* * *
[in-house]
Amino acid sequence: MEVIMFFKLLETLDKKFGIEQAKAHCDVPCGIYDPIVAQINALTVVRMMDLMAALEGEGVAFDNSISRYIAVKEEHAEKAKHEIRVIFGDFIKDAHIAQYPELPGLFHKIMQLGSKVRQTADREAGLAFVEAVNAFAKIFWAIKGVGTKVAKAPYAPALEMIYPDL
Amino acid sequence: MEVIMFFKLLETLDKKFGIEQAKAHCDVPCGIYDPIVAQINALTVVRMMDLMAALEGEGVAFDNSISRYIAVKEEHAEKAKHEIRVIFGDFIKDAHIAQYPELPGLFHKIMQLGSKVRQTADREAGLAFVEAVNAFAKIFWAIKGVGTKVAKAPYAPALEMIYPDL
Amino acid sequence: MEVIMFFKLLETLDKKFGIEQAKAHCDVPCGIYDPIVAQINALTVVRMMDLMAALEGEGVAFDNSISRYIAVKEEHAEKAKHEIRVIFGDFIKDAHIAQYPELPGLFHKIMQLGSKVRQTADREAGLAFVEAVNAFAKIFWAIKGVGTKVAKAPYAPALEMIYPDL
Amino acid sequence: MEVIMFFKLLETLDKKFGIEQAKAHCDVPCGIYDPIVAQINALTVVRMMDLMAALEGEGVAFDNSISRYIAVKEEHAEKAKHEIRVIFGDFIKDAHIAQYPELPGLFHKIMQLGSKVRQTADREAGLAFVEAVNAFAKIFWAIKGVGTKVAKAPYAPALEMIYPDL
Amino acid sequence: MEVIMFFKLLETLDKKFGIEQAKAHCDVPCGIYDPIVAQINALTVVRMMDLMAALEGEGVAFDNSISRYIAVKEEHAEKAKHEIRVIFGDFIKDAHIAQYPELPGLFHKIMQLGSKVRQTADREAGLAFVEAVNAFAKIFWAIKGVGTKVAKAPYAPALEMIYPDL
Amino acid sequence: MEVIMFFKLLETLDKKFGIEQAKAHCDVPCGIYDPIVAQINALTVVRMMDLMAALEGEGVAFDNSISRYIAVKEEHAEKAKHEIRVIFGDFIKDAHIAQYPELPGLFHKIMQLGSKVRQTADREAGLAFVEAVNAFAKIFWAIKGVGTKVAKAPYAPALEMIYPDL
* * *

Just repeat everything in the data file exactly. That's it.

[in-house]
Amino acid sequence: MEVIMFFKLLETLDKKFGIEQAKAHCDVPCGIYDPIVAQINALTVVRMMDLMAALEGEGVAFDNSISRYIAVKEEHAEKAKHEIRVIFGDFIKDAHIAQYPELPGLFHKIMQLGSKVRQTADREAGLAFVEAVNAFAKIFWAIKGVGTKVAKAPYAPALEMIYPDL
Amino acid sequence: MEVIMFFKLLETLDKKFGIEQAKAHCDVPCGIYDPIVAQINALTVVRMMDLMAALEGEGVAFDNSISRYIAVKEEHAEKAKHEIRVIFGDFIKDAHIAQYPELPGLFHKIMQLGSKVRQTADREAGLAFVEAVNAFAKIFWAIKGVGTKVAKAPYAPALEMIYPDL
Amino acid sequence: MEVIMFFKLLETLDKKFGIEQAKAHCDVPCGIYDPIVAQINALTVVRMMDLMAALEGEGVAFDNSISRYIAVKEEHAEKAKHEIRVIFGDFIKDAHIAQYPELPGLFHKIMQLGSKVRQTADREAGLAFVEAVNAFAKIFWAIKGVGTKVAKAPYAPALEMIYPDL
Amino acid sequence: MEVIMFFKLLETLDKKFGIEQAKAHCDVPCGIYDPIVAQINALTVVRMMDLMAALEGEGVAFDNSISRYIAVKEEHAEKAKHEIRVIFGDFIKDAHIAQYPELPGLFHKIMQLGSKVRQTADREAGLAFVEAVNAFAKIFWAIKGVGTKVAKAPYAPALEMIYPDL
Amino acid sequence: MEVIMFFKLLETLDKKFGIEQAKAHCDVPCGIYDPIVAQINALTVVRMMDLMAALEGEGVAFDNSISRYIAVKEEHAEKAKHEIRVIFGDFIKDAHIAQYPELPGLFHKIMQLGSKVRQTADREAGLAFVEAVNAFAKIFWAIKGVGTKVAKAPYAPALEMIYPDL
Amino acid sequence: MEVIMFFKLLETLDKKFGIEQAKAHCDVPCGIYDPIVAQINALTVVRMMDLMAALEGEGVAFDNSISRYIAVKEEHAEKAKHEIRVIFGDFIKDAHIAQYPELPGLFHKIMQLGSKVRQTADREAGLAFVEAVNAFAKIFWAIKGVGTKVAKAPYAPALEMIYPDL